[iii] See e.g. Ruth Richardson 1987 Death, Dissection and the Destitute; Sarah Tarlow 1999 Bereavement and commemoration: an archaeology of mortality; Julian Litten 2002 The English Way of Death: The Common Funeral Since 1450; Julie-Marie Strange 2005 Death, Grief and Poverty in Britain, 1870-1914.
‘Doing the right thing’? Histories of the Home and Domestic Violence: Homes Under Pressure Conference Paper
Artefacts from refuge assemblage ©PSP
‘Doing the right thing’? Histories of the Home and Domestic Violence[i]
Dr Kirsten Jarrett, Past Sense Project
This paper introduces research carried out as part of a project I co-direct,[ii] called ‘Past Sense’ (or PSP), through which my colleague and I explore the material histories of violence in the home, bringing together archaeological and psychotherapeutic research. We analyse evidence from the early modern period to the present day, although current fieldwork predominantly examines the contemporary past. However, we are only at the very beginning of what is experimental research; this presentation is therefore of early work in progress, and preliminary thoughts. Our subject is a very sensitive one; although I will not describe acts of violence or abuse in detail, I will discuss abusive contexts and associated material culture. To begin, I will provide a recent definition of domestic violence.
What is meant by Domestic Violence and Abuse?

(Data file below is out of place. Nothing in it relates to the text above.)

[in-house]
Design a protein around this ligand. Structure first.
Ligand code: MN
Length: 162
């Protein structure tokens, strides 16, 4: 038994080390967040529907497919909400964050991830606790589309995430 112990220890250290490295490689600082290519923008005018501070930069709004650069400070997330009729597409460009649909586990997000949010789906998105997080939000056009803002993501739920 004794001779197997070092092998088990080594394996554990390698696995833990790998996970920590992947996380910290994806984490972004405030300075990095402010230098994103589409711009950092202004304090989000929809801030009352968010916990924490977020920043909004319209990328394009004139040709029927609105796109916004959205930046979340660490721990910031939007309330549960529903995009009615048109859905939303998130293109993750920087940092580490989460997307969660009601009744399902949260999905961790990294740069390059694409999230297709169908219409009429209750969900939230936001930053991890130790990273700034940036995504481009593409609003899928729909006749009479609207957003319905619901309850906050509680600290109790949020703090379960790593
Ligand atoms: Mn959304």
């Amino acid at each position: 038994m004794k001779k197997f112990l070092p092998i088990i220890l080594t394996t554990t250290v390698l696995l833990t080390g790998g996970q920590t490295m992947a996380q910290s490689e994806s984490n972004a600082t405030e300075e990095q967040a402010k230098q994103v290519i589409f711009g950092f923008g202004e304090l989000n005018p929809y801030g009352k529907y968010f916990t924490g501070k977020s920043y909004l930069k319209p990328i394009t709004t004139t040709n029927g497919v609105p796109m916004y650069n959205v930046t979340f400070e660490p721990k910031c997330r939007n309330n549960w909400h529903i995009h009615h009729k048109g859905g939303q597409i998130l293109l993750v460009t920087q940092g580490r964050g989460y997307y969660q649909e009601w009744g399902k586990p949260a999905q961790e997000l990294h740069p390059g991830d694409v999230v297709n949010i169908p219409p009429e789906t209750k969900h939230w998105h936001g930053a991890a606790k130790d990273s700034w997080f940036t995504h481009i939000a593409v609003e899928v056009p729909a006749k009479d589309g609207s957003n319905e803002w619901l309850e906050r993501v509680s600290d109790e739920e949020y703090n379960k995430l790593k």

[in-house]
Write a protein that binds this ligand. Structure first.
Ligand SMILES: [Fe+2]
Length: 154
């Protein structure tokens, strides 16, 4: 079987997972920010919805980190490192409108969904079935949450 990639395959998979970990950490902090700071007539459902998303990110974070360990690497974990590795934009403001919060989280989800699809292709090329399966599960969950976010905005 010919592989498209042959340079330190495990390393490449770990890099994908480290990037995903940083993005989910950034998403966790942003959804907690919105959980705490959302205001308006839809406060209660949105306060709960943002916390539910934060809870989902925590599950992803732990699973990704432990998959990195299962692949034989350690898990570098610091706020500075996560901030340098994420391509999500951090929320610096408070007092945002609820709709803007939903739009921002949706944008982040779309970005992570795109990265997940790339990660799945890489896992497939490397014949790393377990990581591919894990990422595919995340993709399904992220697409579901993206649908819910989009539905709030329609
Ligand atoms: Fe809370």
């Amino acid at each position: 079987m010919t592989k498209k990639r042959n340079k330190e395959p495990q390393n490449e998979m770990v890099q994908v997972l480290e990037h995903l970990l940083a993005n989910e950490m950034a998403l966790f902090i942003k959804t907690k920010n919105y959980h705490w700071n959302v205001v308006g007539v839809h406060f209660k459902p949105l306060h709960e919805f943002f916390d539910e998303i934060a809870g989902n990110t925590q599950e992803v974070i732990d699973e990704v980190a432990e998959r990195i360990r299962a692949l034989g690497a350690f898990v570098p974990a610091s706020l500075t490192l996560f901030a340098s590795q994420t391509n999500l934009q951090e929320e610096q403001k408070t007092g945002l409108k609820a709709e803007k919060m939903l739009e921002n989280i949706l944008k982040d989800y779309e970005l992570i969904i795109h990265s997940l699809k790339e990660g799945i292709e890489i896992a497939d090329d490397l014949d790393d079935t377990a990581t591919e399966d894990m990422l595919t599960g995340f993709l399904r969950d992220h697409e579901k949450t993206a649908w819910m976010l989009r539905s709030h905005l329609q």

Home Office Definition, 2013:[iii]
“Any incident or pattern of incidents of controlling, coercive or threatening behaviour, violence or abuse between those aged 16 or over who are or have been intimate partners or family members regardless of gender or sexuality.”
Domestic Violence can encompass, but is not limited to, the following types of abuse:
The perception of abuse and violence in the home is of course contingent on historical and cultural conditions; however, the different aspects of abuse shown here have often been incorporated within allegations of cruelty in the past.[iv] We must also remain aware of the prevalence of abuse, and shed stereotypes that situate domestic violence solely within underprivileged or poorly educated homes. We cannot assume distance between our work, and its reception by traumatised individuals: it’s essential that scholars consider carefully how they discuss violence in the past, especially with regard to recent decades, and recognise the potentially damaging effects of studies upon often vulnerable individuals and groups, as well as prospective benefits.